2009 July 7
(PARIS) Christian Dior
Unwinding the myriad of ideas presented in a Dior collection is the greatest pleasure of experiencing the show. For Fall/Winter 2009/2010, John Galliano returned to the Maison Dior for a salon-style runway show after many seasons of showing off-site. This was no budget-saving measure--rather, Galliano dug very deep into the DNA of Dior couture and realized that this particular art requires a particular presentation. On that note, models took to the runway very, very slowly, taking many opportunities to stop, pose, show off a leather glove, gesture to a diamond earring, and otherwise preen to the crowd. Even the most world-weary show-goers paused and admired the extraordinary craftsmanship that makes Dior's art so unique and valuable.
The first look consisted of a drop-dead gorgeous fuchsia jacket, molded and belted to perfection, worn with a flesh-toned girdle and collants. Entirely dressed from the waist up, Galliano seemed to play with the notion of single-item shopping. Hey, if you can only buy one thing...but that commercial approach wasn't really the idea at all. Instead, the lingerie evolved and gradually emerged as a key piece. Tightly-laced corsets peeked from the back of prim wool frocks, while lace-trimmed silk slips dangled underneath museum-quality skirt. Who needs a top when a nude soutien-gorge suits a ball gown so much better? This collection was all about foundations, but it refused to cater to washed-up classics. Even leopard print, a house staple, was stunningly reworked as a floor-grazing sash to a white chiffon goddess gown. A thigh-high, a bondage shoe, and a suite of diamond jewelry made for an inspired seasonal starting point that's bound to reverberate in the world of ready-to-wear. As the fashion world reconsiders what, exactly, couture is selling, Galliano suggests that it's neither an idea nor an item. Chez Dior, couture offers a singular look at the art of living. Surely today, everyone saw the value in that.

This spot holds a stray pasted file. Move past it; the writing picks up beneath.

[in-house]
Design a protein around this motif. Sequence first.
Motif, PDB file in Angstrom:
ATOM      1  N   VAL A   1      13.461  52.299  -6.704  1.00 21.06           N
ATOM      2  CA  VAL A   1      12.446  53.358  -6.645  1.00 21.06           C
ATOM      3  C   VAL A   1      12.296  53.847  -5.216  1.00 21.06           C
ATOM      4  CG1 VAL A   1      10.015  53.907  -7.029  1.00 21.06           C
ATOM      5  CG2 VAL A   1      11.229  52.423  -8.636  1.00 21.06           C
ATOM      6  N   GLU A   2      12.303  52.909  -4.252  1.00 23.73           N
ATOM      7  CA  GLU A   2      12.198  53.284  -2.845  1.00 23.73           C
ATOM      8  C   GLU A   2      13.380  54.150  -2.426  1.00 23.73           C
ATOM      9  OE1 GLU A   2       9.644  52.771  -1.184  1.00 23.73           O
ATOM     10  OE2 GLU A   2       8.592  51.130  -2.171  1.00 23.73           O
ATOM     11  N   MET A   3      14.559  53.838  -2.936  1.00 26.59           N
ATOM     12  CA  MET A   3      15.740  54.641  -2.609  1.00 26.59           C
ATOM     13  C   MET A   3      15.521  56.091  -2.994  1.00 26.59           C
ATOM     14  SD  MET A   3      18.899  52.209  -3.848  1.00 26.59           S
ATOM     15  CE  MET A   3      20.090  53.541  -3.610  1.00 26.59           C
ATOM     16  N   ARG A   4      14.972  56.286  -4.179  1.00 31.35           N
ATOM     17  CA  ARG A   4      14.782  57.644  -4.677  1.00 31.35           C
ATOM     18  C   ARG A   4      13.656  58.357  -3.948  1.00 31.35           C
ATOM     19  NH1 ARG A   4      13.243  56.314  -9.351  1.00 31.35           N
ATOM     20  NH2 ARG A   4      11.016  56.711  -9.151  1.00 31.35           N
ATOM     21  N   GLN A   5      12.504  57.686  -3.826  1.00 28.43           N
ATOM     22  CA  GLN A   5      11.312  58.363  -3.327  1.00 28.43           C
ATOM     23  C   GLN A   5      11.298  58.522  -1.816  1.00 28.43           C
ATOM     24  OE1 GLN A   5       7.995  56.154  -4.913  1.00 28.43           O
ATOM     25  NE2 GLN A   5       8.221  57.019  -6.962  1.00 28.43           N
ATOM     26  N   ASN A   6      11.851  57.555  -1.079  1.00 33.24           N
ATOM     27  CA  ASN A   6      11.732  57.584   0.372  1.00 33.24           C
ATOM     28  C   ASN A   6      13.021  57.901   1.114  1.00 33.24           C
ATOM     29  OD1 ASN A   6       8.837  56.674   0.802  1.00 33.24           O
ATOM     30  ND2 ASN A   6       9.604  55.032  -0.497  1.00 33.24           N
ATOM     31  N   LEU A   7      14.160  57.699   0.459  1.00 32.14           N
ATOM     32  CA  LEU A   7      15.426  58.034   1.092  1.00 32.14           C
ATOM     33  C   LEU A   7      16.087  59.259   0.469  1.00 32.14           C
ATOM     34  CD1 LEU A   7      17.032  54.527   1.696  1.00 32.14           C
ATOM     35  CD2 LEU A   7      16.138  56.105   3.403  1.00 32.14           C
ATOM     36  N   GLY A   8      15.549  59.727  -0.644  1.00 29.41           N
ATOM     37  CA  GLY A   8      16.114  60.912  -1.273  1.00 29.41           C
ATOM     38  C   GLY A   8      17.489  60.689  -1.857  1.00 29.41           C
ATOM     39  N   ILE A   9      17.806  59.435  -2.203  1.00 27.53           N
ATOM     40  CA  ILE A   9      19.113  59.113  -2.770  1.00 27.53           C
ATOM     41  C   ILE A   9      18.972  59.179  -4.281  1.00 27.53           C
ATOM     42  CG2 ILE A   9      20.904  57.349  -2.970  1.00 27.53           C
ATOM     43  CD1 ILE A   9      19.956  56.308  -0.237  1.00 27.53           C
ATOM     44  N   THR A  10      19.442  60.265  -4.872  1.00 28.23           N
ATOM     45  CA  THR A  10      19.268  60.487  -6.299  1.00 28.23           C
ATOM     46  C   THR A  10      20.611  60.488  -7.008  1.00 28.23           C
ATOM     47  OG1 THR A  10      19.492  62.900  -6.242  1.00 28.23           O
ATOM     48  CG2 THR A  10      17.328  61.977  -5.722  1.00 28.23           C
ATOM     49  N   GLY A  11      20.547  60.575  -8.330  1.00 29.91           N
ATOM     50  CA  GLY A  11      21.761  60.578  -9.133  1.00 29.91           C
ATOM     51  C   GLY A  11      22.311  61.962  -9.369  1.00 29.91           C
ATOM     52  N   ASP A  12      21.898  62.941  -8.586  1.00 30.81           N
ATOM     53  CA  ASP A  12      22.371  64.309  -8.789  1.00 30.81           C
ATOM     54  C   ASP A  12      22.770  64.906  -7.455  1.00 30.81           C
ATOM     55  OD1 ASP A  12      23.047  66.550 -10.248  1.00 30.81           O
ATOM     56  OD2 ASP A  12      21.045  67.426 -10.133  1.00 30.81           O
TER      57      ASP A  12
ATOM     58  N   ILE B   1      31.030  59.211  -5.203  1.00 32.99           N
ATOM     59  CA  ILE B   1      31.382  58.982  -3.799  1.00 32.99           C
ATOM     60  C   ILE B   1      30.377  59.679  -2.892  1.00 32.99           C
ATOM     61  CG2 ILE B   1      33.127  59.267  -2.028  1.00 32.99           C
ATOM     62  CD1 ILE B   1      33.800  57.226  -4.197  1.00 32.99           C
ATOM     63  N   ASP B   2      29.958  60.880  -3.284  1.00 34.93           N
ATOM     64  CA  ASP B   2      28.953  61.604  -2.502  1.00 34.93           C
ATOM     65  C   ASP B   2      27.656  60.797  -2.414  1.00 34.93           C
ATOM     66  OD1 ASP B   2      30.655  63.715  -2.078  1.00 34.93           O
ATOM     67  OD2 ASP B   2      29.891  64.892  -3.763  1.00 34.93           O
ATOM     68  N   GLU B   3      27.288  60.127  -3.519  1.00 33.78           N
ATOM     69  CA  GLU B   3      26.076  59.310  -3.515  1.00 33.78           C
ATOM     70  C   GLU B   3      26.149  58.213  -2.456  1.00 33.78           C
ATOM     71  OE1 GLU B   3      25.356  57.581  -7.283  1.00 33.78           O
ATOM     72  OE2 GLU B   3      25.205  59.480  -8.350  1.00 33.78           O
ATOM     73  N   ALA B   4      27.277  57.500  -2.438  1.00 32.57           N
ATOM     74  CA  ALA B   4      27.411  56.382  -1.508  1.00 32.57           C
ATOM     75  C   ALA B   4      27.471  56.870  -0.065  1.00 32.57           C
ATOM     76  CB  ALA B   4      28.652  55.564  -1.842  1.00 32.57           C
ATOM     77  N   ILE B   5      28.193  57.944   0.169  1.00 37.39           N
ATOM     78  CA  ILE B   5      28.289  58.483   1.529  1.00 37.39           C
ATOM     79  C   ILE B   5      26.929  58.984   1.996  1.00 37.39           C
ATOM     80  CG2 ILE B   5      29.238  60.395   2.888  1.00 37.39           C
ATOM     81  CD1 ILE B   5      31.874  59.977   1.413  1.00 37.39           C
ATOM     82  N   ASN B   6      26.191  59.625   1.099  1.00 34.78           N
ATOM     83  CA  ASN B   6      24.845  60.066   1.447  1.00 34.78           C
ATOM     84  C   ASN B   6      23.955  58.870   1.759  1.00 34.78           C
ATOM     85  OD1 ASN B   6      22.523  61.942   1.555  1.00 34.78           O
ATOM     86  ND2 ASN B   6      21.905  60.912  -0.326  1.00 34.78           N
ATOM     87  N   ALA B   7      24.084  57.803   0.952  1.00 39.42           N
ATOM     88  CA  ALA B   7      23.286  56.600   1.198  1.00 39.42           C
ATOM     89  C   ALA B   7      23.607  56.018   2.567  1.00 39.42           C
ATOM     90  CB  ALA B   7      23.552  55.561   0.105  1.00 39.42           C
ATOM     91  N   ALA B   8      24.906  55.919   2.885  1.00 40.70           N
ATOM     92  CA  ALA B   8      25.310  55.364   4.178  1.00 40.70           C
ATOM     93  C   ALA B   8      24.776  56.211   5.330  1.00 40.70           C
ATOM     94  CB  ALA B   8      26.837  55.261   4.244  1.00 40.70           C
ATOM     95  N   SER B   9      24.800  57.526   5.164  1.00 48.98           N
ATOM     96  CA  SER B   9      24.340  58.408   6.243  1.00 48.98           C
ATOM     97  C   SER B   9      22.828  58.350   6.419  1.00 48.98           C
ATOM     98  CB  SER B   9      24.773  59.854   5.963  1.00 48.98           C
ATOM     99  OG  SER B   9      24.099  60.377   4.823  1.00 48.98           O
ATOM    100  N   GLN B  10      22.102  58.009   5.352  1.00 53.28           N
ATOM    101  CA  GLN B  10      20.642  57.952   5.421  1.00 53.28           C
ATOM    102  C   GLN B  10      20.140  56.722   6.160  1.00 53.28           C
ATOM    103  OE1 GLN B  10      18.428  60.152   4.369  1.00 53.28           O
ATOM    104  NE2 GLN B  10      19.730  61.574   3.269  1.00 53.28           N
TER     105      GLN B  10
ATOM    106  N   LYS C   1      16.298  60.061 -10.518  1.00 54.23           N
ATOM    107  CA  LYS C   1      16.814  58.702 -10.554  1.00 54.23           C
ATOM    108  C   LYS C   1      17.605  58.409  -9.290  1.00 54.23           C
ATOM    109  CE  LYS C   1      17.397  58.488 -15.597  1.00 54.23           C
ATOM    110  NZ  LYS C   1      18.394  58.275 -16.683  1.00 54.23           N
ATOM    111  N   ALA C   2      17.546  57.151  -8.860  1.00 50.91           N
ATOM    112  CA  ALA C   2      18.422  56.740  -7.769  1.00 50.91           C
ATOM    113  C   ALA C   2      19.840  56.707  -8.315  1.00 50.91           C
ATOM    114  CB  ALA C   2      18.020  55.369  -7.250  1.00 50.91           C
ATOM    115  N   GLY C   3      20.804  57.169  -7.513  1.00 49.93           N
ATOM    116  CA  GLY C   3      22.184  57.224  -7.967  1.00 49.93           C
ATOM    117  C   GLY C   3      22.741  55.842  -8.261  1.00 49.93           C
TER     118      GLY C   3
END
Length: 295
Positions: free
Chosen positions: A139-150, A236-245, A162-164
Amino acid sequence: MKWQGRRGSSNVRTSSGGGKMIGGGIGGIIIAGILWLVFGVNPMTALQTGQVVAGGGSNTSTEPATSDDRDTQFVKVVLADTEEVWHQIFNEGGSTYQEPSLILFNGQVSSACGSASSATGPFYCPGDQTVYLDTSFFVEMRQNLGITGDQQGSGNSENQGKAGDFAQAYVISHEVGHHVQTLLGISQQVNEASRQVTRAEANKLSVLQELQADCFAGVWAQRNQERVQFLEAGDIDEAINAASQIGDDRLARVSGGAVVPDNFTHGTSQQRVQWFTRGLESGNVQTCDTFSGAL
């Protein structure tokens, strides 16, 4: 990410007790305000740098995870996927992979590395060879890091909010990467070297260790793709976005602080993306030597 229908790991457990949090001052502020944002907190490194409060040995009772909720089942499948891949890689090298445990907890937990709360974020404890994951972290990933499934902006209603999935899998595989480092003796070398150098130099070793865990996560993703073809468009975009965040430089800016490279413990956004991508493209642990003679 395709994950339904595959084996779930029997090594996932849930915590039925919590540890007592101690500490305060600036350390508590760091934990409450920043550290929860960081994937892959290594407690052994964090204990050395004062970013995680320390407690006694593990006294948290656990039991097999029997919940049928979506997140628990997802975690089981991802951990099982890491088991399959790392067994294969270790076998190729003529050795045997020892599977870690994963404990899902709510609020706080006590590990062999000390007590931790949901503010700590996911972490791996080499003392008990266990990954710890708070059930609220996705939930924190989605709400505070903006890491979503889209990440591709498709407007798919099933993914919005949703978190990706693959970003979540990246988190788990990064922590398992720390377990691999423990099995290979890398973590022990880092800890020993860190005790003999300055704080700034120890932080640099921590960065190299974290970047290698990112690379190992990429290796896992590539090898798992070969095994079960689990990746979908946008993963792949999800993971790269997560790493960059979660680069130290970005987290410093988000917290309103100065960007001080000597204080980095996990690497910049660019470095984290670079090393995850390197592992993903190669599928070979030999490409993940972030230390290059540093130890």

The Armani client deserves a bit of rock and roll, n'est-ce pas? At the Privé show, Mr. Armani showed a collection with a bit of sass. The trouser-centric take on evening dressing provides couture week with one of its recurring themes, and this season, the idea became jazzed up with a healthy dose of attitude. The pagoda shoulder made several cameos on tuxedo jackets, which were paired with a looser version of the straight-leg and tapered trousers Mr. Armani has toyed with recently. The rhinestone embellishment found on most looks in the form of an asymmetrical zipper or even a v-necked bodice made everything a little more rollicking. Front-row guests Cate Blanchett and Megan Fox represented two distinct sides of la vie privée--one respectively classic, the other endowed with a bit of a wild side. An animalier motif provided alternative daywear options, most memorably in an unstructured car coat. A series of 4 entirely jeweled pantsuits closed the show, underscoring Armani's insistence on his own particular brand of innovation.
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